Indoors his obedience game is on point, but outside he's in constant "I have to protect myself" game even though I am here to protect him. I feel like there's no confusion with regards to leadership because in terms of other animals, he'll usually heel next to me when he's concerned or hide behind me when he hears loud noises. He understands that I am protecting him otherwise. Just other dogs are the awful exception to this rule.

You are correct in identifying his reaction as fear. It usually is fear. Be careful with rewards.. for not reacting as you are currently practicing. It can become rewards for BEING reactive.
For sure. However, I only really reward him for accomplishments like "hey, you just ignored this big, scary horse. Good job!" or "for the first time, we were able to walk by this fence; great job, bud." Otherwise, as soon as his outburst hits, I change directions and take him into the driveway for as long as needed until his emotions calm down or just take him back inside. Sometimes I'm unable to continue because he's so overstimulated that he's out of control.

When you are out and about, do NOT let people pet your dog. Do not let other dogs approach your dog regardless of how friendly they are. If someone asks, the answer is no you may not pet my dog and No your dog may not meet my dog. Be your dog's support system.
So true! This is a big one. A lot of people tell me he's so adorable, but I never want any kids or people with dogs approach him. One of my neighbors told me to just let him greet his dog because otherwise "he'll never learn," but I told him kindly that this is a serious behavioral problem, and he can get himself killed or get others killed.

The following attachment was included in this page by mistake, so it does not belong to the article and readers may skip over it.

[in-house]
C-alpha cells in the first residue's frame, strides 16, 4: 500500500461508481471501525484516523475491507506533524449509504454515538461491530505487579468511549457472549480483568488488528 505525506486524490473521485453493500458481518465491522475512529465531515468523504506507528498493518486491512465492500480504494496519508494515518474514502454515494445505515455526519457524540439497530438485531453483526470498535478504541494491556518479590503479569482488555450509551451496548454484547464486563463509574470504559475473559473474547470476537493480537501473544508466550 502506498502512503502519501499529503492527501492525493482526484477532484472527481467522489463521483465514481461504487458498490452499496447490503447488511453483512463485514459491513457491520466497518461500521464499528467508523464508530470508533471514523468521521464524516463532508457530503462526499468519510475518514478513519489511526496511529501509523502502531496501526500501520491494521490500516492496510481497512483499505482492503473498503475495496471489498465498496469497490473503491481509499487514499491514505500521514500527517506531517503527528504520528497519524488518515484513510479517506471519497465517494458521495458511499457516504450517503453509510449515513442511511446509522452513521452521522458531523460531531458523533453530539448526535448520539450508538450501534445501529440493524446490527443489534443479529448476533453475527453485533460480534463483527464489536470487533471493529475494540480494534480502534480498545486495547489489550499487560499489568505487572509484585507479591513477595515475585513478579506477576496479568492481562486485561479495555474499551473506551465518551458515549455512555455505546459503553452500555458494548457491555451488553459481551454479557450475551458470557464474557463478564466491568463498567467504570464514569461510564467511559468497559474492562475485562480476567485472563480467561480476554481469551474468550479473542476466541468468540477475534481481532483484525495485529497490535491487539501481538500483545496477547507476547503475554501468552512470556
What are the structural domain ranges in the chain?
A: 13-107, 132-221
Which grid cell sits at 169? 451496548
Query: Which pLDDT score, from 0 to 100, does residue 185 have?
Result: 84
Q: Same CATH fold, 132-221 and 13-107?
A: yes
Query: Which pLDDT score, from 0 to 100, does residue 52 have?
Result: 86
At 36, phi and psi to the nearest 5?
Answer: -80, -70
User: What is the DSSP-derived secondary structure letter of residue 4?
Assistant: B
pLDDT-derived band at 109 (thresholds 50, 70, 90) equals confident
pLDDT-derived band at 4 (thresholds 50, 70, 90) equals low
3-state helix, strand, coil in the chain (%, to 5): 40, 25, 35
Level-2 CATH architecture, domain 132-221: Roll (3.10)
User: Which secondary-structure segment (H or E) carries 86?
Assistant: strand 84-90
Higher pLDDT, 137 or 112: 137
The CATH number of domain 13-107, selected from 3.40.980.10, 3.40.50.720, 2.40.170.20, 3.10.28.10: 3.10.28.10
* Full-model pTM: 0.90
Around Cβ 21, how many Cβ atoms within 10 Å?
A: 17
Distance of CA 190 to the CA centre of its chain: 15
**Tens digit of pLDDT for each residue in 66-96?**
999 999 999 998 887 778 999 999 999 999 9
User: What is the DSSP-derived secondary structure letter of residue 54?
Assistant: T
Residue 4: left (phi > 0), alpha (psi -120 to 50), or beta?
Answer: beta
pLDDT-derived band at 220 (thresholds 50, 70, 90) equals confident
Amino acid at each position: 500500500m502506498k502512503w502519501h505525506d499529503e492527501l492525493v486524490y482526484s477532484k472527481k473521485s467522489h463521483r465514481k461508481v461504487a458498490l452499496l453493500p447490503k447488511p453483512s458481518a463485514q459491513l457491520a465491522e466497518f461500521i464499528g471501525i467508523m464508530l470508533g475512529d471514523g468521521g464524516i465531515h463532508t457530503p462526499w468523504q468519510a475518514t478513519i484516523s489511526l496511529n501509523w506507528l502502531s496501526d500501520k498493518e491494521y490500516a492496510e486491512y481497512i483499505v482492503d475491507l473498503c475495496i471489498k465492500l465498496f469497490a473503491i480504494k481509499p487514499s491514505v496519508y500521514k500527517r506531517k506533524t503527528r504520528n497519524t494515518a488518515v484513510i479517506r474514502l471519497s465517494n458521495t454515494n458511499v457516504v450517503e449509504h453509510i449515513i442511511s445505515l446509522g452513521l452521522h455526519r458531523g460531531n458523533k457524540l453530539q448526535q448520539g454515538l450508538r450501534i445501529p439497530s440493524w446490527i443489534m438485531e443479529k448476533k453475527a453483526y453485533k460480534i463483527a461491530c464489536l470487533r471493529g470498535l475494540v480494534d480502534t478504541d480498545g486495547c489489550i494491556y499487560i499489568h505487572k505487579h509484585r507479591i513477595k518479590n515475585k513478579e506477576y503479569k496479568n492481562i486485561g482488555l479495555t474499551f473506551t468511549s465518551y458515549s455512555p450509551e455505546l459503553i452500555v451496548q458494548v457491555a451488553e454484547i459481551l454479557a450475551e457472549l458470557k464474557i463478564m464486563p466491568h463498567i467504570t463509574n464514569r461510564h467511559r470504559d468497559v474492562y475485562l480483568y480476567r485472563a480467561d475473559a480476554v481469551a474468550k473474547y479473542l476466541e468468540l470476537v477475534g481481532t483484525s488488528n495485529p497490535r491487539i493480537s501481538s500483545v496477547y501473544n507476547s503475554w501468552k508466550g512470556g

He did slip out if his collar once and squeezed through a fence to attack another dog. It was awful.
 

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Check out the sticky post at the top of this forum section for links, books, etc on leash/other reactivity.

I compiled them several years ago so some of the web links themselves might not be active but the names of the behaviorists and trainers will give you something to look into
 

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Check out the sticky post at the top of this forum section for links, books, etc on leash/other reactivity.

I compiled them several years ago so some of the web links themselves might not be active but the names of the behaviorists and trainers will give you something to look into
Thanks, Shell! I'll have a look! :)